CEDAR CITY — As southern Utah residents prepare for more storms, state and local leaders spent Tuesday attempting to assess the damage caused by significant flooding that occurred in the area on Monday.
Cedar City Mayor Maile Wilson-Edwards declared a state of emergency Monday evening after some parts of the city received over 2 inches of rain in one hour, leading to flooding. The flooding caused extensive damage to public and private property throughout the city, she added.
Monday's storm was categorized as a 500-year frequency flooding event in some areas, according to a statement from Wilson-Edwards. The amount of rain combined with the short period of time led to an overwhelming of flood control structures in the city.
City crews worked throughout the night to help residents and assess the damage. Crews helped to clear debris out of roadways, pump water out of buildings — some of which were left uninhabitable — and clear out storm drains as additional storms are expected this week.
A shelter was set up by the Red Cross at a church located at 61 N. 900 West for residents who need it. Utah Lt. Gov. Deidre Henderson tweeted that the Red Cross needed help at the temporary shelter for residents who continue to be affected by flooding.
If you have been displaced or need supplies we have a Red Cross Shelter located at the Church building at 61 North 900 West.— Mayor Maile Wilson-Edwards (@WilsonMaile) July 27, 2021
As of now they do not need additional supplies. If you want to contribute, please try to directly assist the individuals and businesses that were impacted pic.twitter.com/0U1qWEOn7u
Wilson-Edwards added that the city had obtained more sandbags after the Cedar City Public Works Department reported Monday that their supply had run out. While a substantial number of sandbags had been acquired Tuesday, Wilson-Edwards emphasized that volunteers were still needed to help fill the sandbags at the public works yard, located at 716 N. Airport Road, and at the County Road Department, located at 1105 N. Bulldog Road.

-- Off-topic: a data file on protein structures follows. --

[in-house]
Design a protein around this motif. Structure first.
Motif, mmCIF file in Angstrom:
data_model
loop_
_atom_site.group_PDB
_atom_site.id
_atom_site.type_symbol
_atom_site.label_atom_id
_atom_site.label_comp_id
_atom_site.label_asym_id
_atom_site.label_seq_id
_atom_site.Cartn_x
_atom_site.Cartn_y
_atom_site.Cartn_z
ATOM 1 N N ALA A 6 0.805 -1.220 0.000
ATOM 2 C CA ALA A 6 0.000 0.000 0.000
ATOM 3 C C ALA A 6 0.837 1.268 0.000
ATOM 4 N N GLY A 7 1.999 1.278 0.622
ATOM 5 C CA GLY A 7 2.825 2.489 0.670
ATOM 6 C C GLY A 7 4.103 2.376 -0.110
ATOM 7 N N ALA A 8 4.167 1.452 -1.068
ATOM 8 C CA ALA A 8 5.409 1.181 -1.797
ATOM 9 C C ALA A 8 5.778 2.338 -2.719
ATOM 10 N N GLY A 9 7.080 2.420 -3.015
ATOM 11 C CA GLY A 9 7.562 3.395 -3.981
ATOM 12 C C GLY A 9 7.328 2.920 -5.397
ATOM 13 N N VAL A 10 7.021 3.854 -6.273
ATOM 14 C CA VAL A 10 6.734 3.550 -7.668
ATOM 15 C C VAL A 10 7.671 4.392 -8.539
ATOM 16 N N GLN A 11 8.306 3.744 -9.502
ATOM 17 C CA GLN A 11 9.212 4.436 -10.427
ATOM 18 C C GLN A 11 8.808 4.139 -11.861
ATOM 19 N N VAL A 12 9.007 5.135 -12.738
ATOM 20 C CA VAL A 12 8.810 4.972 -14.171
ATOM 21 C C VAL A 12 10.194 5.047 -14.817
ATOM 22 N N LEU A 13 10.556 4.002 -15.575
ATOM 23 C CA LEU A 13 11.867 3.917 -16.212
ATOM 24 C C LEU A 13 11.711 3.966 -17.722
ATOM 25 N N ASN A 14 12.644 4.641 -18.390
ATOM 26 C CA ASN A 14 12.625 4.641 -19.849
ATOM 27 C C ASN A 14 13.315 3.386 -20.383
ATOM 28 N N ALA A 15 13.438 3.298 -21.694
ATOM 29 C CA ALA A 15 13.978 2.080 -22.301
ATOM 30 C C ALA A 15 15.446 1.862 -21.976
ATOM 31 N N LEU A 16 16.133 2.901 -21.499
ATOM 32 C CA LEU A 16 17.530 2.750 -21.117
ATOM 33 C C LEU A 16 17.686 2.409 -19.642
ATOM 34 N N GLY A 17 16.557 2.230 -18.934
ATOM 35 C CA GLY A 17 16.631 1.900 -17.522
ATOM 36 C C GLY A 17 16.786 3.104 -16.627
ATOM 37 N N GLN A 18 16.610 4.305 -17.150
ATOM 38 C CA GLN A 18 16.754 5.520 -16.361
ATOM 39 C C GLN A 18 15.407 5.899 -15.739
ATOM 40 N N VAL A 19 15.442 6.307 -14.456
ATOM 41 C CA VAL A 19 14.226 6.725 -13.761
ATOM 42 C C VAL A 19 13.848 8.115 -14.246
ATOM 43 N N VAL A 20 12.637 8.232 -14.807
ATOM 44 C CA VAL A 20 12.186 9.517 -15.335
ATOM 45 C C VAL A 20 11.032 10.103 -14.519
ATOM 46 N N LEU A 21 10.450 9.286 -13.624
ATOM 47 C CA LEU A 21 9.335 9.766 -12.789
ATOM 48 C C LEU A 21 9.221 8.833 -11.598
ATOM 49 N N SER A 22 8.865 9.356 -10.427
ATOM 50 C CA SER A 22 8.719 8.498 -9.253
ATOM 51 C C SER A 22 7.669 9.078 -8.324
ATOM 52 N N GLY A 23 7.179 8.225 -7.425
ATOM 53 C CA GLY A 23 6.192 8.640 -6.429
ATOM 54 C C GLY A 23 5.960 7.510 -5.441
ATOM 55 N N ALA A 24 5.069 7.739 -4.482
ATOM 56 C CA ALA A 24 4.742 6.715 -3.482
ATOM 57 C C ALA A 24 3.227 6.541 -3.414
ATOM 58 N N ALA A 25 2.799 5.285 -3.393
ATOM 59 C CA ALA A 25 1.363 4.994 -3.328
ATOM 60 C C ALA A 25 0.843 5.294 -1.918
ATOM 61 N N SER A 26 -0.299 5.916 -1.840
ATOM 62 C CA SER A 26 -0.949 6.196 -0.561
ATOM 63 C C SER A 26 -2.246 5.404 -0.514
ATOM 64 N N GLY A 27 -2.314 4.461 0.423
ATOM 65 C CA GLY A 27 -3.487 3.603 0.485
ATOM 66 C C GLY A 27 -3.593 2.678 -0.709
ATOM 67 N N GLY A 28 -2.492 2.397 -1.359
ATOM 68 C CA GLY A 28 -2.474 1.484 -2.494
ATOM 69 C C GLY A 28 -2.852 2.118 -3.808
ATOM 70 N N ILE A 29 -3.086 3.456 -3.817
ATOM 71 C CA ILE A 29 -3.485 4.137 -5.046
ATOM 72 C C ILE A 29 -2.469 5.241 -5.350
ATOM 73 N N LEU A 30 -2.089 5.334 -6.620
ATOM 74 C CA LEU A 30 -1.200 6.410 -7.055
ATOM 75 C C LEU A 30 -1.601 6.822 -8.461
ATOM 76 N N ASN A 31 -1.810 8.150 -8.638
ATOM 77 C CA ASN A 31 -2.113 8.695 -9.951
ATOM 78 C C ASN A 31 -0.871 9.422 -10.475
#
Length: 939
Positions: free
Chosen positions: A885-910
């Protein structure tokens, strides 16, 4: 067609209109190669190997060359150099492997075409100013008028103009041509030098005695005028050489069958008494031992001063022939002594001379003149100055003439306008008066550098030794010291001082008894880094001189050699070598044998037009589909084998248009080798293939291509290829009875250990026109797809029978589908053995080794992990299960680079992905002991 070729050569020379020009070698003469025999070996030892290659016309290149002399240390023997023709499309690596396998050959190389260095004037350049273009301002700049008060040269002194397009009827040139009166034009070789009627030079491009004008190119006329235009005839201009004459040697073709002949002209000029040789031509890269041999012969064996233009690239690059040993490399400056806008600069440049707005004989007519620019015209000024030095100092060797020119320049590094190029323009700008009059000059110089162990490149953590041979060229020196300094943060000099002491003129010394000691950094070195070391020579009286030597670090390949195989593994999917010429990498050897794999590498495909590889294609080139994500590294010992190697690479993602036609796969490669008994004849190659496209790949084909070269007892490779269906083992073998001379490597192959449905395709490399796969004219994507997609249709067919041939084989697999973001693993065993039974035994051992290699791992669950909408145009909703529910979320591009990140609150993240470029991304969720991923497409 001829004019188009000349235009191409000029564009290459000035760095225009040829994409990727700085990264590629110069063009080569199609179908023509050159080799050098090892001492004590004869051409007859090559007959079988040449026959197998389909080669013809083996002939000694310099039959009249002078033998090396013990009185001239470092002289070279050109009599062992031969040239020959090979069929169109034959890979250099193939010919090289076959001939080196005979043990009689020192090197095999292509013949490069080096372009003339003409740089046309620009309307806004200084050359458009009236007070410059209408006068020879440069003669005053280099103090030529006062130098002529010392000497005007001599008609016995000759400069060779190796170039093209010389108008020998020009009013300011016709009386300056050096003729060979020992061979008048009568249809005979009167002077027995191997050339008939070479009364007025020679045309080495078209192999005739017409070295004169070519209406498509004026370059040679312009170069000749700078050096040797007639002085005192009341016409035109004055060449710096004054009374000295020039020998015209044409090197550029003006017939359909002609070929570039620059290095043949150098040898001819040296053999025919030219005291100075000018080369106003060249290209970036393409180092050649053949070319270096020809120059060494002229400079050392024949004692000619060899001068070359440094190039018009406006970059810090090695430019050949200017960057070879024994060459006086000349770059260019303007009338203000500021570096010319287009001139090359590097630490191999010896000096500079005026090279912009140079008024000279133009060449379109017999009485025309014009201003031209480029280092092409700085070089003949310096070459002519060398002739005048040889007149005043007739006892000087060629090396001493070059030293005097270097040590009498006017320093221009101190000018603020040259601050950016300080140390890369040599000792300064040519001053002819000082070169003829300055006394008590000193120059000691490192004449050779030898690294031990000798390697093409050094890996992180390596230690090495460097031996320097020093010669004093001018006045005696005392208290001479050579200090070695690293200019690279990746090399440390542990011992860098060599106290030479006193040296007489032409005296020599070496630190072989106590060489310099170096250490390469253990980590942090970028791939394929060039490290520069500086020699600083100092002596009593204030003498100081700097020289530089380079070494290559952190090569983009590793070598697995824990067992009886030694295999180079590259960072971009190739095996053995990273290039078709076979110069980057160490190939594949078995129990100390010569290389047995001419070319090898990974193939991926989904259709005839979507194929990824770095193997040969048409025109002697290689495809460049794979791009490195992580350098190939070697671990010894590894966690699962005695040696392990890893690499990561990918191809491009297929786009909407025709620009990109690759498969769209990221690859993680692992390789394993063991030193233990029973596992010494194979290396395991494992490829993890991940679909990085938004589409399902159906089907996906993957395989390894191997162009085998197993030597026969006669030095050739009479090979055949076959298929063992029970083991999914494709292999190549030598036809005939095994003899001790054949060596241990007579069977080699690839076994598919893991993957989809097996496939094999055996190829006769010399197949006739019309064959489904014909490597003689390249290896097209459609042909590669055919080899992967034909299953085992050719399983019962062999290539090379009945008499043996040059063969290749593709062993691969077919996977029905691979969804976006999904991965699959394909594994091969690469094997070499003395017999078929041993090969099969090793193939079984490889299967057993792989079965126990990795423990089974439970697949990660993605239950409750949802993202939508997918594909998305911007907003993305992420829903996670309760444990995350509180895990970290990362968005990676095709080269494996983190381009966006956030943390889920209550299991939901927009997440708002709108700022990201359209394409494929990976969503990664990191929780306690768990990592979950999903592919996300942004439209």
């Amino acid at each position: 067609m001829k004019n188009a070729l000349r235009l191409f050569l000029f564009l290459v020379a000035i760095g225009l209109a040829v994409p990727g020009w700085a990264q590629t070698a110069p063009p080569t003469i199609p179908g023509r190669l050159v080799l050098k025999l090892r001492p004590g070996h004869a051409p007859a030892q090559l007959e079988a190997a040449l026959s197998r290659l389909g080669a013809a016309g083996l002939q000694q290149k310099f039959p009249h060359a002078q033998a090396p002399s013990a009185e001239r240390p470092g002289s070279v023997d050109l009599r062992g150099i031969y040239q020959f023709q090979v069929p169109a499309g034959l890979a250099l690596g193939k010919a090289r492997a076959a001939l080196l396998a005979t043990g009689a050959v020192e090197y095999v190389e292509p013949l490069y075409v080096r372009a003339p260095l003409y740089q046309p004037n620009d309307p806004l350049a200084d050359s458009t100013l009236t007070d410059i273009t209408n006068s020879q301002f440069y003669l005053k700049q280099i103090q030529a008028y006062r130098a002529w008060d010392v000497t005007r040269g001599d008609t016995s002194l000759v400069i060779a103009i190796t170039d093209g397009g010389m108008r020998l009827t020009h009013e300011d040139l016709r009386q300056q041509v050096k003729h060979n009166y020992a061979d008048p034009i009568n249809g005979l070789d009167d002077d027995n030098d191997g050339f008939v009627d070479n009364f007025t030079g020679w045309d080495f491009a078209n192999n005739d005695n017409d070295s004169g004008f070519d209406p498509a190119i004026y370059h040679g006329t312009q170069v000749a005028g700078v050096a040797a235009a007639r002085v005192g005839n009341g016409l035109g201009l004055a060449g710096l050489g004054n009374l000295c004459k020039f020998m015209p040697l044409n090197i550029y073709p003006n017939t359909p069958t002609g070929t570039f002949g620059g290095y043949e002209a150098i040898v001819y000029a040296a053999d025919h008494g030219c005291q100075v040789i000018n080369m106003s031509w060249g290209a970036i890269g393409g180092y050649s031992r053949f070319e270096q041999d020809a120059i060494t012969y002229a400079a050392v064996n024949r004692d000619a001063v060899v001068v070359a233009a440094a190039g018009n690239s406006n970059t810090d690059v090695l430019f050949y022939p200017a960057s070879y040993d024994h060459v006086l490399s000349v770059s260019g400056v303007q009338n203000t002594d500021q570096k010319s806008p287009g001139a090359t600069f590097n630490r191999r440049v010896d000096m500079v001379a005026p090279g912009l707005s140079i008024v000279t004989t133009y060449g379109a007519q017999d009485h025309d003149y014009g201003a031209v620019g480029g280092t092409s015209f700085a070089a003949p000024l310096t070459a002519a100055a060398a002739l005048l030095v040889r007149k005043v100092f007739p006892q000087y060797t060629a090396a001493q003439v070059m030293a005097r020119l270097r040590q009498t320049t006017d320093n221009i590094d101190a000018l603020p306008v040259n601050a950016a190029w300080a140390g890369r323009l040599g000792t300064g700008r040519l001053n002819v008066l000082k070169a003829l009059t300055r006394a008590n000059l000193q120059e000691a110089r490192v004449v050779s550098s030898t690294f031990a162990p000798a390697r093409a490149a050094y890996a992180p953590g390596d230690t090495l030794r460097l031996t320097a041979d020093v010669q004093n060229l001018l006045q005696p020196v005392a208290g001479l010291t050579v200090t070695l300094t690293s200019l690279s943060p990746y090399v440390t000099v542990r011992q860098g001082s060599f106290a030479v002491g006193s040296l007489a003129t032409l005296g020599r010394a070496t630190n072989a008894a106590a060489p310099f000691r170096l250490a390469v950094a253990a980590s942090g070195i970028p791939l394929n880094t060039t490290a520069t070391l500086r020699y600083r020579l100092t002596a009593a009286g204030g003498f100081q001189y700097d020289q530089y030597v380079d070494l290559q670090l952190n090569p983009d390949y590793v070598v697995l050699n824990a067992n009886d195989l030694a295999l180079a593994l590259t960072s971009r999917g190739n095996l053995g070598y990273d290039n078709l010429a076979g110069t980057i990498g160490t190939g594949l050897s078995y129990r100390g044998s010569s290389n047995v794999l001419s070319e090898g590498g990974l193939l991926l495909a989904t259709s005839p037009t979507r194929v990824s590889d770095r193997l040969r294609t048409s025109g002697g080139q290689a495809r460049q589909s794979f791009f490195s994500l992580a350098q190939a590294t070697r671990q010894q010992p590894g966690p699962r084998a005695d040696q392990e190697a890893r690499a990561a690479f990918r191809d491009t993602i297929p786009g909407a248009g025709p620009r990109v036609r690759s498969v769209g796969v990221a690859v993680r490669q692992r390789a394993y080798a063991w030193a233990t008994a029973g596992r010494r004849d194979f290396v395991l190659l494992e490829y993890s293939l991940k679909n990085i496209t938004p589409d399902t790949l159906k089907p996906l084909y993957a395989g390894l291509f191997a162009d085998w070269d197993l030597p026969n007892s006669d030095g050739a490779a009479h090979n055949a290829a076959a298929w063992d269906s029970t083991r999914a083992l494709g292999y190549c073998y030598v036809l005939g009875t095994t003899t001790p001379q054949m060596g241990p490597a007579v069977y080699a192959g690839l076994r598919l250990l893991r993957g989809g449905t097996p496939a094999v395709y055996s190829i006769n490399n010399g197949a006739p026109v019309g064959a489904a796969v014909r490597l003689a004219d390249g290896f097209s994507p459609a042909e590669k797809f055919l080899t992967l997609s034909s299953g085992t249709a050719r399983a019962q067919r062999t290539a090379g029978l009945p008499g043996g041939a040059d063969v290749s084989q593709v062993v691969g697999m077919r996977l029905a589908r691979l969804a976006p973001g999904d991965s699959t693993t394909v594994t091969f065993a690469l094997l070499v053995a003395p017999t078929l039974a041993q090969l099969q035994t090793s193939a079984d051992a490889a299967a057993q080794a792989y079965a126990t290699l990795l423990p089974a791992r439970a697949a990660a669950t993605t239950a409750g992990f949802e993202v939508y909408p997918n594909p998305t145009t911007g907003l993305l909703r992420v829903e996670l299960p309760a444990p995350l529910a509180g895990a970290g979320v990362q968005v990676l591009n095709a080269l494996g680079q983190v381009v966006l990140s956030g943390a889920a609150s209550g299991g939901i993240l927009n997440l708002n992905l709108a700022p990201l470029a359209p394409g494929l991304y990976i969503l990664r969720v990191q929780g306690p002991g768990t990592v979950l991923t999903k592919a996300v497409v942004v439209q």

"In the best tradition of Cedar City, our neighbors helped each other," she said in a statement. "Many neighbors helped those that experienced significant damage. There were also dozens of citizens helping to fill sandbags, and private corporations helped those that were hardest hit by the flooding."
The sentiment was carried by Henderson, who traveled to the city on Tuesday to help officials evaluate the damage and prepare as storms continue throughout the week. Henderson said that she was "blown away" by neighbors' kindness and the surrounding community as they helped clean flooded homes.
We're blown away by people's kindness and willingness to help their neighbors.— Lieutenant Governor Deidre M. Henderson (@LGHendersonUtah) July 27, 2021
Athletes from the @SUUtbirds' gymnastics and football teams have been cleaning up flooded homes.
And Debbie, pictured here, showed up this morning with a shovel and has been working all day. pic.twitter.com/VN4e5jWHGs
Roll-off dumpsters were provided to residents to deposit items ruined by the flooding, along with a waived fee at the Iron County landfill for the next week as cleanup continues.
"Know that at this time the city will continue to be working alongside our residents and businesses to provide needed assistance and support one another through this heartbreaking and difficult time," Wilson-Edwards said.
Southern Utah University also created the T-Bird Strong Fund for students experiencing financial hardship after the flooding. The fund is intended to help students pay for unexpected circumstances and to "pay for essential expenses such as temporary housing, food, and replacement supplies needed for school and work."
"Our hearts go out to all those impacted by this flooding. It's been a devastating loss and it's been humbling to be on the ground today to see what people are suffering and going through," said SUU interim President Mindy Benson.
Despite being affected by the flood, many students went to work to help the community Tuesday. Student-athletes from SUU's gymnastics and football teams participated in the cleanup efforts and filled sandbags.
"This volunteer spirit is one of the best things about Cedar City," Wilson-Edwards said. "Our people's willingness to help each other in times of need is truly special."
The National Weather Service issued several flash flood warnings on Tuesday for Garfield and Kane counties, including slot canyons and washes along Hole in the Rock Road outside of Escalante until 5:45 p.m. The weather service also issued a significant weather advisory for Bear Lake north-central Uinta county as storms rolled through the state.